Day of God 05:35
Aleinu 01:58
Adonai adonai 02:16
The Lord Will Give His Angels 00:59
Ki lo taḥpotz 02:51
Kamma ya'avrun 02:20
Ki vayom hazze 01:35

Liner Notes

Several of Schlessinger's settings are based on pre-existing music. Examples included here are “Day of God,” an adaptation of the traditional kol nidrei melody to an unrelated English replacement text translated liberally from its German model; S’u sh’arim, for which Schlesinger used an excerpt of an a cappella Roman Catholic Mass setting (Messe in C) by Charles Gounod; Adonai, adonai, an appropriation for Festivals and High Holy Days of an operatic aria by Meyerbeer; and Ki vayom haze, a pronouncement from the Yom Kippur liturgy set to one of the most familiar Italian operatic arias, “Una Furtiva Lagrima” from Donizetti’s L’Elisir D’Amore (The Elixer of Love).

“The Lord Will Give His Angels” is a text for the conclusion of Yom Kippur that appeared in the initial edition of the Union Prayerbook and was retained in its subsequent editions. Alenu [alenu l’shabe’a la’adon hakol], sometimes known as the “Great Alenu”—the text that precedes and introduces the t’ki’atot section of the traditional Rosh Hashana musaf service, and also occurs on Yom Kippur (without the t’ki’atot)—is an overly stylized setting of the missinai tune for that function. It is one of Schlesinger’s very few nods to minhag Ashkenaz, but his harmonization gives it an excessively bombastic character rather than preserving its more appropriate stately mood. His setting of kama ya’avrun is an excerpt of the High Holy Day text b’rosh hashana, which in turn is the third section of a piyyut, une tana tokef. It was eliminated on ideological grounds from the Union Prayerbook, but Schlesinger took it from a revised edition (1891) of Merzbacher’s prayerbook. It seems strange as a part of Classical Reform, which understandably rejected (as did subsequent Reform phases) its pronouncements and convictions. In any case, this setting appears at odds with the poem’s theological content, whose mood is bypassed and whose dire, vivid, and frightening references to the consequences of Divine judgment are hardly expressed by the music.



Sung in English
Words: Union Prayer Book 1895

Day of God, Day of God, O come, O come! Fill our hearts with peace and gladness. Lord! God! See, see thou our hearts contrition and bow thine ear. Hear, O hear the voice of our petition. Banish our fear! Blot out our evil ways, open the door of grace, bid us enter there.

Sung in Hebrew
Words: Liturgy

It is our duty to render praise and thanksgiving unto the Creator of heaven and earth, who delivered us from the darkness of false belief and sent to us the light of His truth. He is our God, there is none besides.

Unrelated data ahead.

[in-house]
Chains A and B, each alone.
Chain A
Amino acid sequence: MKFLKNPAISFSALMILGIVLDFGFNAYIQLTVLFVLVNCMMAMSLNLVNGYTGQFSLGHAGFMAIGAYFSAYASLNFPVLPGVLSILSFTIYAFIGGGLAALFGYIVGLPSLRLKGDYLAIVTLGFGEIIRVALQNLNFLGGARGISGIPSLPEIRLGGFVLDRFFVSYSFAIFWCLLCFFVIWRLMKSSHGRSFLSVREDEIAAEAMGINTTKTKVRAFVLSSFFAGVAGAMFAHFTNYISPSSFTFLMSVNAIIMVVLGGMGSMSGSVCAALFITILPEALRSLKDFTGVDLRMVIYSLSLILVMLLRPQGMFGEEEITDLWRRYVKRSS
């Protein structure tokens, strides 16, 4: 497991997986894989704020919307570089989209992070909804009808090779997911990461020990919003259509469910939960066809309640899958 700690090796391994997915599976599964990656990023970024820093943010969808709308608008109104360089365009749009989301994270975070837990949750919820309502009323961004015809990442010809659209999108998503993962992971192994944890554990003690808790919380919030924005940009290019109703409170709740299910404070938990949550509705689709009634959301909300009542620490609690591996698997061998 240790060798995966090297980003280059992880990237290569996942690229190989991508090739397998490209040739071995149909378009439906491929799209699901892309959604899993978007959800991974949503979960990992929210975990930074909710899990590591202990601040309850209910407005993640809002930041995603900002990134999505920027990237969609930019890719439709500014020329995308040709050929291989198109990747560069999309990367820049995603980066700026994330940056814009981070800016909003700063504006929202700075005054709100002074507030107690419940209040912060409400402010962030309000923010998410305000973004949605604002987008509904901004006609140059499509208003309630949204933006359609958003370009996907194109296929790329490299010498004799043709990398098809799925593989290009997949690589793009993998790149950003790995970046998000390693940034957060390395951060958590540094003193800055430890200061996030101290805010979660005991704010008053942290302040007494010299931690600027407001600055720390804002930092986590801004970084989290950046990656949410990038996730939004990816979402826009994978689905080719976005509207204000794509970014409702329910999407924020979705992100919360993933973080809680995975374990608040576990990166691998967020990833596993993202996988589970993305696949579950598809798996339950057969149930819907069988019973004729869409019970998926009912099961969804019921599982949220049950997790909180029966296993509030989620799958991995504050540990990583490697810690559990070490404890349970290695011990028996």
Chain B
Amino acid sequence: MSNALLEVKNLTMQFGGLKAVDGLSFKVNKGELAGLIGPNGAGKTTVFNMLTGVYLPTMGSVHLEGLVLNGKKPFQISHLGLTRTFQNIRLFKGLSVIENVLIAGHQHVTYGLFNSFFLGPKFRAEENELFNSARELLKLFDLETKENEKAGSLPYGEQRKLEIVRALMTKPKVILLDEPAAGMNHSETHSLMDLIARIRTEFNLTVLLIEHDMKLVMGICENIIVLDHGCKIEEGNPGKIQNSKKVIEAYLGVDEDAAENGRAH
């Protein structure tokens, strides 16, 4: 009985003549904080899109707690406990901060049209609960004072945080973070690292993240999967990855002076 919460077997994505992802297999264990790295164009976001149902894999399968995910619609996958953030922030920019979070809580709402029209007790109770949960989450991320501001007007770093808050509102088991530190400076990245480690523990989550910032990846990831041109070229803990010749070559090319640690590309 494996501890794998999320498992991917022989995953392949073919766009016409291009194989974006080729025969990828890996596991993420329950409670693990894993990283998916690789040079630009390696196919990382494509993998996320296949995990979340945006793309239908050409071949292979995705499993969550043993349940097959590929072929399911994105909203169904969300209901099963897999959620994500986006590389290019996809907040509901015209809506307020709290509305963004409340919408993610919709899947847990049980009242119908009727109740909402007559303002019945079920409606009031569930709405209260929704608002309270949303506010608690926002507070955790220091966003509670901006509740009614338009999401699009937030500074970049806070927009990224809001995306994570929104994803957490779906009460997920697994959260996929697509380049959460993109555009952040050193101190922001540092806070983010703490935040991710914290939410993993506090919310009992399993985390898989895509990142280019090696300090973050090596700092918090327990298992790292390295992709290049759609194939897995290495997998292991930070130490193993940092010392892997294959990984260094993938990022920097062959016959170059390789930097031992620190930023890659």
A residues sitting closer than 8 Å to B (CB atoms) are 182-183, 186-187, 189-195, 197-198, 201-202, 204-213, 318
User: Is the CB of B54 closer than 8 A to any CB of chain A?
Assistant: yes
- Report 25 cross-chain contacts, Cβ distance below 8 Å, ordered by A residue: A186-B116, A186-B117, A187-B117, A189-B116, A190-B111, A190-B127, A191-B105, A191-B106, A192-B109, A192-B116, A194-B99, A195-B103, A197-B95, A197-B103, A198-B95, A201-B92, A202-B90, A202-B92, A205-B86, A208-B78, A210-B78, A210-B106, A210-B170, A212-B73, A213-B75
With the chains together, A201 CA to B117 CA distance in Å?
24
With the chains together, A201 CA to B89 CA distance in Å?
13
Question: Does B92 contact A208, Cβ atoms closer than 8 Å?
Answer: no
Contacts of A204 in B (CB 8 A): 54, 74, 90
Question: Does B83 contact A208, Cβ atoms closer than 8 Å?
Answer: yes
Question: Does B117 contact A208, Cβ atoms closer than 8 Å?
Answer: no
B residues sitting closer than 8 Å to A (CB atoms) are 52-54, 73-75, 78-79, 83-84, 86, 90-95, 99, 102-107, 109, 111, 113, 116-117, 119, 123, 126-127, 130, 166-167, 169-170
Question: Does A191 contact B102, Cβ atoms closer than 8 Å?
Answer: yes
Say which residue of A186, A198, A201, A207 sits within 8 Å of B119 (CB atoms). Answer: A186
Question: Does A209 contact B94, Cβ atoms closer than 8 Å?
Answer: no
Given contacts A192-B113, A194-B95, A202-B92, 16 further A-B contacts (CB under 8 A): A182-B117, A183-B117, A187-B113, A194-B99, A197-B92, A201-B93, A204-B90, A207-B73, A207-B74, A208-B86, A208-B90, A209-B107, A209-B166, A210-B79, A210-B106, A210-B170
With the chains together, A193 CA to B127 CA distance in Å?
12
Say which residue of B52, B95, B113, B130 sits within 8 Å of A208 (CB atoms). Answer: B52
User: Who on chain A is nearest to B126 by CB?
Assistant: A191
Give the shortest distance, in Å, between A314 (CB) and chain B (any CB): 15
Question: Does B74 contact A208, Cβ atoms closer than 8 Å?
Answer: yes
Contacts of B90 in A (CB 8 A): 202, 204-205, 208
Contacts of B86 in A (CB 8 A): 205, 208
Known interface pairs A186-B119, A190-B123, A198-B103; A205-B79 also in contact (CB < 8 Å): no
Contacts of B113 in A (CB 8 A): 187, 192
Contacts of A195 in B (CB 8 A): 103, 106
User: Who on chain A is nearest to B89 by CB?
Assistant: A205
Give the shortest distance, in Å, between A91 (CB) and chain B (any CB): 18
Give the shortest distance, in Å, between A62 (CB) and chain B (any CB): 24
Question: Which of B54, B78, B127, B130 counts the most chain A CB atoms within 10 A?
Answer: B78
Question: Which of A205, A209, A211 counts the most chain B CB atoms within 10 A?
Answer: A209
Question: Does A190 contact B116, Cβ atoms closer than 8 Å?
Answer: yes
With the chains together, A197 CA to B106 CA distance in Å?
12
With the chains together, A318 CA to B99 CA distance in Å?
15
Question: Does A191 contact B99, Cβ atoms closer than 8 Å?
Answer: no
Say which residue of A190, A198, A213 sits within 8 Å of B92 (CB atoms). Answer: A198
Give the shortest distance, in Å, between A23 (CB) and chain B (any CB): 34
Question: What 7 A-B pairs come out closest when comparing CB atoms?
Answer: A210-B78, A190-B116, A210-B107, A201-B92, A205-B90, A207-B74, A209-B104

We bow the head and bend the knees before the Ruler of the universe, and bless His holy name!

Sung in Hebrew
Words: Liturgy

[And the Lord revealed Himself to him, and proclaimed]: "The Lord! the Lord! Omnipotent, merciful and gracious, long-suffering, and abundant in goodness and truth; Keeping mercy unto thousands, forgiving iniquity, transgression and sin."

Sung in English
Words: Union Prayer Book 1895

The Lord will give his Angels charge over thee, to guard thee on all thy ways.
The Lord will bless thy going out and thy coming in from this time forth, even forever, Amen.

Sung in Hebrew
Words: High Hoy Day liturgy

Thou desirest not that sinful man should die, but that he should repent and make himself worthy to live. Even unto the day of his death, thou waitest for him: if he retumeth, at once thou receivest him in mercy.

It is true thou art the framer of all, and thou knowest their frame, even that they are flesh and blood. What is man? His origin dust, his end dust; and while he lives, he imperils his life for his daily bread. He is like an earthen vessel, it must break; a blade of grass, it must wither; a flower, it must decay; a shadow, it must vanish; a cloud, it must break away; a breath of wind, it will melt in air; a mote which flieth away, a dream which is no more.

But Thou, God of the Universe, Art ever the same-Ever Living, Never Changing!

Sung in Hebrew
Words: High Holy Day liturgy

How many are to pass by, and how many are to have existence; who are to live, and who are to die; who are to accomplish the full number of their days, and who are not to accomplish them; who are to perish by water, and who by fire; who by the sword, and who by hunger; who by an earthquake, and who by the plague; who shall have repose, and who shall be troubled; who shall be tranquil, and who shall be disturbed; who shall be prosperous, and who shall be afflicted; who are to become poor, and who are to become rich; who are to be cast down, and who are to be exalted? But Penitence, Prayer, and Charity may avert the stem decree.

Sung in Hebrew
Words: Yom Kippur liturgy

On this day ye shall be forgiven and cleansed from all your sins; before God shall ye be pure.



Composer: Sigmund Schlesinger

Length: 17:34
Genre: Liturgical

Performers: Barbara Harbach, Organ;  Michael Isaacson, Conductor;  Rochester Singers;  Richard Botton, Cantor

Date Recorded: 05/01/1991
Venue: Kilbourn Hall/Eastman School of Music (M), University of Rochester, New York
Engineer: David Dusman, Shane McMartin
Assistant Engineer: Isaacson, Michael
Project Manager: Isaacson, Michael


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